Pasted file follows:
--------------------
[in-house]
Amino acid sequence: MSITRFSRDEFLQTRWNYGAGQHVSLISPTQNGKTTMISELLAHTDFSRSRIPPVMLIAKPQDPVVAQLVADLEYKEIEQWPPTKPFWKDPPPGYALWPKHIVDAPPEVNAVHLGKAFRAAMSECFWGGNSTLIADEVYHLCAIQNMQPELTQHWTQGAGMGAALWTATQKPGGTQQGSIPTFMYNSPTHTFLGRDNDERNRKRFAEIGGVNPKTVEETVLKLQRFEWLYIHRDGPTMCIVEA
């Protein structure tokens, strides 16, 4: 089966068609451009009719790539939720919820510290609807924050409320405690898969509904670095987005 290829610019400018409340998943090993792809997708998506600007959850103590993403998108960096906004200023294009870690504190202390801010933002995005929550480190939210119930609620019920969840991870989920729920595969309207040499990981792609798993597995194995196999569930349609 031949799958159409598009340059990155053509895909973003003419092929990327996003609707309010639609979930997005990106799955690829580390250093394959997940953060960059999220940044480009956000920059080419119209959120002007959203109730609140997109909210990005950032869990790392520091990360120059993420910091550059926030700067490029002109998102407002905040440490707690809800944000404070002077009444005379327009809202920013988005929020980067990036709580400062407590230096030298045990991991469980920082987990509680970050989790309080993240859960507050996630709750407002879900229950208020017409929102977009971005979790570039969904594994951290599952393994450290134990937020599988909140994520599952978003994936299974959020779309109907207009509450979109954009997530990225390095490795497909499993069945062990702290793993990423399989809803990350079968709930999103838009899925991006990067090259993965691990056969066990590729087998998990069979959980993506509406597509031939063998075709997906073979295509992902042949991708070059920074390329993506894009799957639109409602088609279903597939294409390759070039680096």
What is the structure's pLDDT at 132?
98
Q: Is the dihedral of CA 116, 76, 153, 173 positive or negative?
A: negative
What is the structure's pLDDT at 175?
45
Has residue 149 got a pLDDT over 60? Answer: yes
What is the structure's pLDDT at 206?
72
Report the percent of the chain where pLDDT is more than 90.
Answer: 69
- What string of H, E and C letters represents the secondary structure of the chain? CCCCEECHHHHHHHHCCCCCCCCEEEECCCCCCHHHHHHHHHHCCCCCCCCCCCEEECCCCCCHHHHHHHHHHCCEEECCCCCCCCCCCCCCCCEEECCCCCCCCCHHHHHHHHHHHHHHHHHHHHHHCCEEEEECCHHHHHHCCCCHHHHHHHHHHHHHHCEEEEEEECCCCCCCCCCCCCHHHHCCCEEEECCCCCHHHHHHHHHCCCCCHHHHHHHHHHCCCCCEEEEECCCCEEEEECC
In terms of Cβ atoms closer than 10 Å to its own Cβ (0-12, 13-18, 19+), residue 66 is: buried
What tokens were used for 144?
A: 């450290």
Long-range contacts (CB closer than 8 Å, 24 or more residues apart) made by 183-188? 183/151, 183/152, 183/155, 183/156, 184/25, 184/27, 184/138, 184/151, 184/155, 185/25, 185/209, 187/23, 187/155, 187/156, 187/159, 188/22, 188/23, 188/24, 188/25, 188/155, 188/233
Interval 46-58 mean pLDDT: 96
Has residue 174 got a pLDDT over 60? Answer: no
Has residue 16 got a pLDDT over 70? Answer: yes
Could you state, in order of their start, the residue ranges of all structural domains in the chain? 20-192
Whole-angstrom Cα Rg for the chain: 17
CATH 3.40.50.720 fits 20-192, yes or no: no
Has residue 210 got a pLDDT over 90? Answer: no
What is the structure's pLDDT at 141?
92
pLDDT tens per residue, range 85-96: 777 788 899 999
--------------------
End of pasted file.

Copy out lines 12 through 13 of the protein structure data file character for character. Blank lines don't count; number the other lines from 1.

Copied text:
72
Report the percent of the chain where pLDDT is more than 90.